1.   Second, the record fails to note that many of the developmental achievements have little to do with Narendra Modi.
  • In 1991, a full 10 years before Modi became Chief Minister, as many as 17,940 out of 18,028 villages in Gujarat were already electrified.
  • The asphalting of 87.5% of Gujarat roads was also accomplished pre-Modi.
  • Between 1994-2001, well before Modi, Gujarat’s state domestic product grew at 10%-13%, way higher than the all-India average. These growth rates are based, in part, on Gujarat’s share in manufacturing at the national level which went from 16.29% in 1980-81 to an impressive 28.71% by 2000-2001, just prior to Modi became CM.
  • Further, well before Modi, Gujarat accounted for 45% of India’s petroleum products, roughly 18% of the country’s cargo handling, 23% of our total requirement for crude oil and 30% of our natural gas needs from offshore basins. i.e., Gujarat has been a poster child of growth before Modi.
  • Port traffic in Gujarat jumped from a mere 3.18 million tonnes in 1981 to 86.17 million tonnes in 2001. In the same period, Gujarat’s share of national port traffic increased from 45.36% to above 76% and has stayed there ever since. Modi’s decade has not made that percentage grow.
  1. Third, the model casually attributes these achievements to private enterprise and economic growth.
  • Public Indebtedness: The growth in Gujarat has come at large expense to the people of Gujarat. One of the best examples of the Modi administration’s largesse to corporates are the staggering subsidies offered to Tata for its Nano plant and other projects. Against an investment of 2900 crores, Tata received a loan of 9570 crores at 0.1% interest, to be paid back on a monthly basis after 20 years, in addition to land at much below market rates, with stamp duty, registration charges and electricity paid for by the state.  All the rules were bent to provide the Adani Group with a power supply contract costing the state of Gujarat in excess of Rs. 23,625 crores over 25 years, and other companies, including Reliance Industries and Essar Steel, were extended similar favours.  These tax breaks mean that the people of Gujarat will not be getting any of this money back in the near future. Not surprisingly, given these economic priorities, Gujarat’s debt has increased from Rs. 45,301 crores ((USD 7.475B) in 2002 to Rs. 1,38,978 crores (USD 22B) in 2013. In terms of per capita indebtedness, the situation is even more worrying, given the size of the state: each Gujarati carries a debt of Rs. 23,163 if the population is taken to be 60 million.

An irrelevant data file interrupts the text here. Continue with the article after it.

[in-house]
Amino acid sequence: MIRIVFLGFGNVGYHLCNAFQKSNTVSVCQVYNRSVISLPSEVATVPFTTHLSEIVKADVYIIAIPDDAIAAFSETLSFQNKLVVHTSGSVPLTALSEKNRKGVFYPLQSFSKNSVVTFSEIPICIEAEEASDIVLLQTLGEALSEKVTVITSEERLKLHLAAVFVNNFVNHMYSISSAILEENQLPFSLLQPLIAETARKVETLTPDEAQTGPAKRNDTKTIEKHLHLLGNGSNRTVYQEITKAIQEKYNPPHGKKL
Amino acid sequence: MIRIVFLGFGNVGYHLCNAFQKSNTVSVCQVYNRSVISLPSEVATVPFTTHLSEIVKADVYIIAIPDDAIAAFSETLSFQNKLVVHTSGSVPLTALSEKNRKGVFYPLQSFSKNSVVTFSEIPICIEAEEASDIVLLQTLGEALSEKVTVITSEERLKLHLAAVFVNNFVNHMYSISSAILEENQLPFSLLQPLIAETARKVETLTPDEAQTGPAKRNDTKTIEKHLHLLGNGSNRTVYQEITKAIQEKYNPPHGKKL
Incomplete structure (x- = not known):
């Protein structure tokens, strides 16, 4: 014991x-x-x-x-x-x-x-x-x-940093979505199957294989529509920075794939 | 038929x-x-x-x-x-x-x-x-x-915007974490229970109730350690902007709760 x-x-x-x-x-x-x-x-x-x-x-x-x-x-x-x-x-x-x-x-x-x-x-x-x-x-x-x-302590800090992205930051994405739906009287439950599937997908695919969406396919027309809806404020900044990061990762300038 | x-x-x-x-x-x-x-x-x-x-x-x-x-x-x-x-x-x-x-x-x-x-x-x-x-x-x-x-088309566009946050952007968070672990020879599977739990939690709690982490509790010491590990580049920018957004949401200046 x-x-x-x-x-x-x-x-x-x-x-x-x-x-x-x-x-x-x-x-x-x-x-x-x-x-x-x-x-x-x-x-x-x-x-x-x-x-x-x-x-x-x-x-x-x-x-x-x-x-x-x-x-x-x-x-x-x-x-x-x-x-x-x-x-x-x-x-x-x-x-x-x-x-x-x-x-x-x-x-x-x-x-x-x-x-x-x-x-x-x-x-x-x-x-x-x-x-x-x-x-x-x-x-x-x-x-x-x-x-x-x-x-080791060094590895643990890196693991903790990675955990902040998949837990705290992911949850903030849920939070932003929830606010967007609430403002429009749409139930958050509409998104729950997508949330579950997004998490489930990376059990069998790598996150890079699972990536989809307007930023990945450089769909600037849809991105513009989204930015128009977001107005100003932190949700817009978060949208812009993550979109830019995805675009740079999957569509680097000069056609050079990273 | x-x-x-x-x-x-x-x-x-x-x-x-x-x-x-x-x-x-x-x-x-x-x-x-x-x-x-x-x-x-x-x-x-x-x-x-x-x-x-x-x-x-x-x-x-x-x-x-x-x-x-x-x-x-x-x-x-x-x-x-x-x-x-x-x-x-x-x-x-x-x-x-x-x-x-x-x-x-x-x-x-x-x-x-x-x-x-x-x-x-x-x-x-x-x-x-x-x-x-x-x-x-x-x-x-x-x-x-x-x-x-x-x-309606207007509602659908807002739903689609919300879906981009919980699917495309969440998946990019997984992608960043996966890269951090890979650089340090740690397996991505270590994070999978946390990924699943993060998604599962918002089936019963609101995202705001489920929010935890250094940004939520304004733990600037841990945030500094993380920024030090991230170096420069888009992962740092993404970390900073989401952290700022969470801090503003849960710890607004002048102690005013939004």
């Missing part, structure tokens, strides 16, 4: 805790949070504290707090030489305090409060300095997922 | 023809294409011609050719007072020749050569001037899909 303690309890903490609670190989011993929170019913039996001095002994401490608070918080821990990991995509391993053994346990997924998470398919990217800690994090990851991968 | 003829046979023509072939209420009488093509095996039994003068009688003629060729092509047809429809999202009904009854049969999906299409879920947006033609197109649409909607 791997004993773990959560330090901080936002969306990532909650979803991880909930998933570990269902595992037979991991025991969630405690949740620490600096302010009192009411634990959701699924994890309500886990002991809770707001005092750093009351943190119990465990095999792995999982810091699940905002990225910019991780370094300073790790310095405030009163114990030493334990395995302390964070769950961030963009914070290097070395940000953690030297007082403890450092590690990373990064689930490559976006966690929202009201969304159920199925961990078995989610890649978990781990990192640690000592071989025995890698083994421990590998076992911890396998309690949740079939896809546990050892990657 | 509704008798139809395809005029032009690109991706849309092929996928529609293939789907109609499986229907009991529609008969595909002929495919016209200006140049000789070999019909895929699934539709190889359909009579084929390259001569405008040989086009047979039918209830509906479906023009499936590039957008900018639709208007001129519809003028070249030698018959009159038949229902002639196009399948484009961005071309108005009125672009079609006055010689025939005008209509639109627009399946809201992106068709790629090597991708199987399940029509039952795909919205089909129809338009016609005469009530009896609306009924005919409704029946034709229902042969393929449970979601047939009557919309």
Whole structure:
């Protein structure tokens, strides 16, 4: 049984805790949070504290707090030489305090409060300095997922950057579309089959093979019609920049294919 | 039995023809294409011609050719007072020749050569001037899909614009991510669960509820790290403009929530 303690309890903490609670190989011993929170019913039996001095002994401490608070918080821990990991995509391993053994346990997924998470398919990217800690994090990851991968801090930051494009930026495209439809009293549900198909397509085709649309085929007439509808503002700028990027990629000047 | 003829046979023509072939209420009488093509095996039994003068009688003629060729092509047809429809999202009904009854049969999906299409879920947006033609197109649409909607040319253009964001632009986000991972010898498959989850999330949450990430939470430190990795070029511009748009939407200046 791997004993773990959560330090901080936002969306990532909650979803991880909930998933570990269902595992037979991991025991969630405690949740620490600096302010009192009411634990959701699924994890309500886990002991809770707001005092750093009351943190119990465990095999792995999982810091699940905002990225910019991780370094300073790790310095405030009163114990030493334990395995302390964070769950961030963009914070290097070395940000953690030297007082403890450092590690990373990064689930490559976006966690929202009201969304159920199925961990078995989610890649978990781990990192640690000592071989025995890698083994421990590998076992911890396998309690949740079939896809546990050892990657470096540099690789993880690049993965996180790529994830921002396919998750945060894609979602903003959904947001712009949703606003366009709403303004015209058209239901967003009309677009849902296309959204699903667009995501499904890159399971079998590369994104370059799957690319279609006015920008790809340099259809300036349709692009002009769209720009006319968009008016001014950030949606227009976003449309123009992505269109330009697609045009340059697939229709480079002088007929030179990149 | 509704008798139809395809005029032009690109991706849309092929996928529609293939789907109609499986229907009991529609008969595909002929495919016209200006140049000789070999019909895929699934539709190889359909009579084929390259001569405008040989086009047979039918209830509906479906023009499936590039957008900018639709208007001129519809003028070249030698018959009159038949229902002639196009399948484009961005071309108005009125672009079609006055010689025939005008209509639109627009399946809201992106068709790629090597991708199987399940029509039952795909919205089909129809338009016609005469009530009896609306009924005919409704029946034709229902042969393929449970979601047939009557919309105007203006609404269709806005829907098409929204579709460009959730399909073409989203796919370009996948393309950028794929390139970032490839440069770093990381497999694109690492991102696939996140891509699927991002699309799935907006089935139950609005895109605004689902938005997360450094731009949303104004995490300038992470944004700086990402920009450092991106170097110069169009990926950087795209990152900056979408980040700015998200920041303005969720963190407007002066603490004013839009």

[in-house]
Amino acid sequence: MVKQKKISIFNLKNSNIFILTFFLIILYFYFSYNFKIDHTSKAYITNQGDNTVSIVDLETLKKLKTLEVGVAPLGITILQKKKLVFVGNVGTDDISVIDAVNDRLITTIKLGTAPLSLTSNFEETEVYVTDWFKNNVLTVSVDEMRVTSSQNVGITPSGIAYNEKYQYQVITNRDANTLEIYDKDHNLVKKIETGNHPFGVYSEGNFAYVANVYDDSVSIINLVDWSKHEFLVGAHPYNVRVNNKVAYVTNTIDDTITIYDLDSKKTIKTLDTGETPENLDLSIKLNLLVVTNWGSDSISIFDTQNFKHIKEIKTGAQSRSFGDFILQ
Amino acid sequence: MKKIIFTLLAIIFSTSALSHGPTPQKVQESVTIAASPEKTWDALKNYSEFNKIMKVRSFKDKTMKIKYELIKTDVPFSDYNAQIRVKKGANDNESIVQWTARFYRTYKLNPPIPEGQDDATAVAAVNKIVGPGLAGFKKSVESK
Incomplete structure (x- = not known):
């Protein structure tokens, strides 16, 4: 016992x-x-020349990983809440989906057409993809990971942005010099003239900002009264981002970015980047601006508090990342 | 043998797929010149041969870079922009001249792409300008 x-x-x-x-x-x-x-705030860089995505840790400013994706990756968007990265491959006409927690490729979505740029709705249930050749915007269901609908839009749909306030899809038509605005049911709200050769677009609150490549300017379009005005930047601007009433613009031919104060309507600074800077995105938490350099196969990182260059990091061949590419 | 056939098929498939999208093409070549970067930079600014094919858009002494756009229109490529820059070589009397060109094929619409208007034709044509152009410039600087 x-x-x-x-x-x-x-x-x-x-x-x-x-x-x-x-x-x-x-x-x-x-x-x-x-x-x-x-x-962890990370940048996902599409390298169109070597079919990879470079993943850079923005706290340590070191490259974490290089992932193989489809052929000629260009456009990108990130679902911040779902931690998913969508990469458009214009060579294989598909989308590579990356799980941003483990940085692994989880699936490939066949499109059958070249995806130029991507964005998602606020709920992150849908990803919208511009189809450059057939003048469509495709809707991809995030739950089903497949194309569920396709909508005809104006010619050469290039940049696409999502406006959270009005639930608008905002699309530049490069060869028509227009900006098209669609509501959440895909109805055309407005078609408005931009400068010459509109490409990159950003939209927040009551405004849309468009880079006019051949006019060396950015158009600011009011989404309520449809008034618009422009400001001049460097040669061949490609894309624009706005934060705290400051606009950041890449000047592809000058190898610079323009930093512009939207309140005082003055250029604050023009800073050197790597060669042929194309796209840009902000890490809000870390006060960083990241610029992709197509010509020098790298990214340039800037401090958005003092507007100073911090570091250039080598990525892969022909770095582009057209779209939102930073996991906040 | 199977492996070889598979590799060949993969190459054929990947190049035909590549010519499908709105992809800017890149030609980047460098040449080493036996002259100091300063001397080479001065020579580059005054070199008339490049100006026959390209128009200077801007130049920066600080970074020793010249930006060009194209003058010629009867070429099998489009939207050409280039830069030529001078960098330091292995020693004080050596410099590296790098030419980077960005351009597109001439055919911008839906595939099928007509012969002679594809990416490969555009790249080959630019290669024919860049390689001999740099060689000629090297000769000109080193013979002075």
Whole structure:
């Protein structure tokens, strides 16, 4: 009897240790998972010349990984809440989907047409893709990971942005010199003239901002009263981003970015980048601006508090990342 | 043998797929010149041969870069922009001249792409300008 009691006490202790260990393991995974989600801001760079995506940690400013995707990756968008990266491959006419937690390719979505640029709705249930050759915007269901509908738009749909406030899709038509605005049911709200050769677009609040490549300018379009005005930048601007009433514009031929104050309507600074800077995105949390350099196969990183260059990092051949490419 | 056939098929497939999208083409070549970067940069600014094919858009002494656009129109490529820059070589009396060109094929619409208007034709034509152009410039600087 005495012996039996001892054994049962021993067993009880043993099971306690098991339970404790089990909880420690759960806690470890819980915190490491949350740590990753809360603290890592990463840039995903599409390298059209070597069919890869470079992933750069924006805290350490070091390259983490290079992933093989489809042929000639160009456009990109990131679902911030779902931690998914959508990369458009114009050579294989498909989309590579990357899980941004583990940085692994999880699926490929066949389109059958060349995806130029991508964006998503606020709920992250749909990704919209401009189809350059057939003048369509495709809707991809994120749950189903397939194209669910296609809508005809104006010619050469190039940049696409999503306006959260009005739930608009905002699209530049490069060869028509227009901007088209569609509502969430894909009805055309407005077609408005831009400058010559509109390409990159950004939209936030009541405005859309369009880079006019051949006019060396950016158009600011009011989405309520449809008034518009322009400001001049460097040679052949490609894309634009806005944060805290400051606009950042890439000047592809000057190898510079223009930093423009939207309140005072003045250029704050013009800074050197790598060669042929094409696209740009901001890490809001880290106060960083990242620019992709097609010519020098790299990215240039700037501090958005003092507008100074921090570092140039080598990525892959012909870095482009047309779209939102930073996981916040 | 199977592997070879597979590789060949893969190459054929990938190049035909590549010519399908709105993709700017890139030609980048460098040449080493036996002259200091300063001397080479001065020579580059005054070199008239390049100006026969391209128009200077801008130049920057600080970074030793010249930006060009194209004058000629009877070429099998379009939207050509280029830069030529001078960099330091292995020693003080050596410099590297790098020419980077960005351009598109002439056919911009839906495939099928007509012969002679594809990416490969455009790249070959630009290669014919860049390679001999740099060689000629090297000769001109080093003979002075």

The Sardar Sarovar Dam provides one of the clearest illustrations of this pattern of broken promises and social and economic inequality. The project was scripted in the name of the poor, and made specific promises including providing drinking water to drought-prone rural areas of Gujarat such as Kutch, and irrigation for the farmers in the South of Gujarat. In reality, however, water has been diverted to various industrial projects in Special Investment Regions (SIRs) and projects in the Delhi-Mumbai Industrial Corridor, and about 400,000 hectares of farmland has been taken out of the command area of the Dam and diverted to Industrial uses. Narendra Modi’s neo-liberal vision of development where growth has been at the expense of basic human development will only exacerbate the disasters wrought by the neoliberal economics of the last two decades.

3. Accumulation by Dispossession – flouting laws to enrich corporations at the expense of the people

To examine the various land deals between industrial groups and the state of Gujarat in the last decade is to observe the neoliberal process of accumulation through dispossession as, for example, when small farmers subsisting on tiny parcels of land, pastoralists that depend on grazing lands, etc. are dispossessed of their land holdings, displaced from their homes,  restricted from accessing the commons, etc.  through the processes of privatization, commodification of public assets, state redistribution, etc.

  • Investigations by Forbes magazine have found that the Adani group has leased land from the Gujarat government for as little as one U.S. cent a square meter; in turn the Adani group has sublet this land to other companies, including state-owned Indian Oil Co., for as much as $11 a square meter. And in a textbook illustration of crony capitalism, it turns out that this land was also granted to the Adani group without competitive bidding.
  • Between 2005 and 2007, at least 1200 hectares of grazing land was taken away from villagers. Villagers in Adani’s SEZ say their grazing land was signed away by earlier village chiefs without their knowledge; this points to the fact that due process, involving public deliberation about the land acquisition in Gram Sabhas (village councils), was not followed. The villagers have filed multiple cases in the Gujarat High Court to contest the government’s actions, but several cases are still pending.
  • In another instance, the land given to Maruti Suzuki, an automaker, in village Hansalpur was land that belonged to various underprivileged communities, Maldharis, Dalits, etc. that were landless and had received the land in a grant from the government in 1954. The village wasteland, used by the community as grazing land was also given away to Maruti Suzuki which directly affected the ability of this cattle-rearing community to pursue their livelihoods.